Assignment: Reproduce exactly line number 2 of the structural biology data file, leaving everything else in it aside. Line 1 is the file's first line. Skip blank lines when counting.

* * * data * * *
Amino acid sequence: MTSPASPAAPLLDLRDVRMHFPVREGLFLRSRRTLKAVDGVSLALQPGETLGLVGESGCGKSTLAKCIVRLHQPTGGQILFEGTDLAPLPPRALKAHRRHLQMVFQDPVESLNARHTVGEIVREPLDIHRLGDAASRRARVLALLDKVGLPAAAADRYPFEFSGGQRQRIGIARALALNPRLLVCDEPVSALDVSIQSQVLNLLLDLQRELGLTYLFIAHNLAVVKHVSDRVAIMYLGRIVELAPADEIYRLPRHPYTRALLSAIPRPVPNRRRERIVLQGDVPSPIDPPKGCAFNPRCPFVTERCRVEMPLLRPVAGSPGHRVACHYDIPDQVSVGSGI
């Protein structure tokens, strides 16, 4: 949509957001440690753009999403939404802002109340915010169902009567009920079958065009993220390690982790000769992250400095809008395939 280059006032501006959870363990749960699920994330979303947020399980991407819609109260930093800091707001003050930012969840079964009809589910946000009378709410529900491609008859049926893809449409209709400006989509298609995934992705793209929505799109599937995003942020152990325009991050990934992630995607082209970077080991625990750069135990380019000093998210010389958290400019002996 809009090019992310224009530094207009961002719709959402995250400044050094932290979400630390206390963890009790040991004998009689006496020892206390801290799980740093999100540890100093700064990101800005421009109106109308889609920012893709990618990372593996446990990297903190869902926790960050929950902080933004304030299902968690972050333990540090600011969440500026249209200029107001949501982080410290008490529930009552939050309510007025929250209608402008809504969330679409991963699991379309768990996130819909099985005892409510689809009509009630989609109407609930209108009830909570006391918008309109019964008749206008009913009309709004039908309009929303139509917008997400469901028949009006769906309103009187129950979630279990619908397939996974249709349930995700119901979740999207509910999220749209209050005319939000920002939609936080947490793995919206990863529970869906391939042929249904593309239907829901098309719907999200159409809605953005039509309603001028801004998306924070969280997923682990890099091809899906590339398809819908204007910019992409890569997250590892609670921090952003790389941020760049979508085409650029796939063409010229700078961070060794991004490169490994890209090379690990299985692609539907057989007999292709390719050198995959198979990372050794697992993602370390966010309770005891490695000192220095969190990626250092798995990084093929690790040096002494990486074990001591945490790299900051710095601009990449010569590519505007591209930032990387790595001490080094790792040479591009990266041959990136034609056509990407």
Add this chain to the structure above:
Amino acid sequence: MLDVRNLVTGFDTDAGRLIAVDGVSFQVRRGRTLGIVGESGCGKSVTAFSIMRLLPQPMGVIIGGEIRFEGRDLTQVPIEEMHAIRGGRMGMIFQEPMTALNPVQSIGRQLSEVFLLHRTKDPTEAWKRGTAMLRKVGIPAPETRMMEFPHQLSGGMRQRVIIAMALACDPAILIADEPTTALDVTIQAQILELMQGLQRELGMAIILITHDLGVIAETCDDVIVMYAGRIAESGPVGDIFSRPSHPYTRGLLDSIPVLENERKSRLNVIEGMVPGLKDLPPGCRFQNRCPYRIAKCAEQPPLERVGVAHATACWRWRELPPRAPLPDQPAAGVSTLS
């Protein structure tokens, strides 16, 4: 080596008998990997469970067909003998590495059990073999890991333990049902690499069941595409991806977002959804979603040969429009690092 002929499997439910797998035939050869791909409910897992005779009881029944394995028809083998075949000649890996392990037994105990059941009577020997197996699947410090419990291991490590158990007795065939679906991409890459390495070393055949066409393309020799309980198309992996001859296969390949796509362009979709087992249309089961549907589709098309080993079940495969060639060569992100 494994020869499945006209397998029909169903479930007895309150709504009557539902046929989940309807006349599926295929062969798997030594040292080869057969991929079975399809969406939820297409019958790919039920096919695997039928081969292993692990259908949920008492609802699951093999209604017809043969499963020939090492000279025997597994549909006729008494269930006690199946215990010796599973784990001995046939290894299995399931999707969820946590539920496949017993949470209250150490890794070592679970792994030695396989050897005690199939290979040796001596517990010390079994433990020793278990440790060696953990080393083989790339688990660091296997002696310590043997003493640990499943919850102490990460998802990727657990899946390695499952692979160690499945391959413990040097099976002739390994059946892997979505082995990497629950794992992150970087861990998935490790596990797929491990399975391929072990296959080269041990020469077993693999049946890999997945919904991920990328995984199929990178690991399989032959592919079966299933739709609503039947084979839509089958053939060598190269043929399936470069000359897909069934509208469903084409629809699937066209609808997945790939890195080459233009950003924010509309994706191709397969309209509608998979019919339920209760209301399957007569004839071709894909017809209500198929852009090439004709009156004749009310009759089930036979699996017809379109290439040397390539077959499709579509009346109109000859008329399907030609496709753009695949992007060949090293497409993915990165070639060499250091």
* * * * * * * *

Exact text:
């Protein structure tokens, strides 16, 4: 949509957001440690753009999403939404802002109340915010169902009567009920079958065009993220390690982790000769992250400095809008395939 280059006032501006959870363990749960699920994330979303947020399980991407819609109260930093800091707001003050930012969840079964009809589910946000009378709410529900491609008859049926893809449409209709400006989509298609995934992705793209929505799109599937995003942020152990325009991050990934992630995607082209970077080991625990750069135990380019000093998210010389958290400019002996 809009090019992310224009530094207009961002719709959402995250400044050094932290979400630390206390963890009790040991004998009689006496020892206390801290799980740093999100540890100093700064990101800005421009109106109308889609920012893709990618990372593996446990990297903190869902926790960050929950902080933004304030299902968690972050333990540090600011969440500026249209200029107001949501982080410290008490529930009552939050309510007025929250209608402008809504969330679409991963699991379309768990996130819909099985005892409510689809009509009630989609109407609930209108009830909570006391918008309109019964008749206008009913009309709004039908309009929303139509917008997400469901028949009006769906309103009187129950979630279990619908397939996974249709349930995700119901979740999207509910999220749209209050005319939000920002939609936080947490793995919206990863529970869906391939042929249904593309239907829901098309719907999200159409809605953005039509309603001028801004998306924070969280997923682990890099091809899906590339398809819908204007910019992409890569997250590892609670921090952003790389941020760049979508085409650029796939063409010229700078961070060794991004490169490994890209090379690990299985692609539907057989007999292709390719050198995959198979990372050794697992993602370390966010309770005891490695000192220095969190990626250092798995990084093929690790040096002494990486074990001591945490790299900051710095601009990449010569590519505007591209930032990387790595001490080094790792040479591009990266041959990136034609056509990407």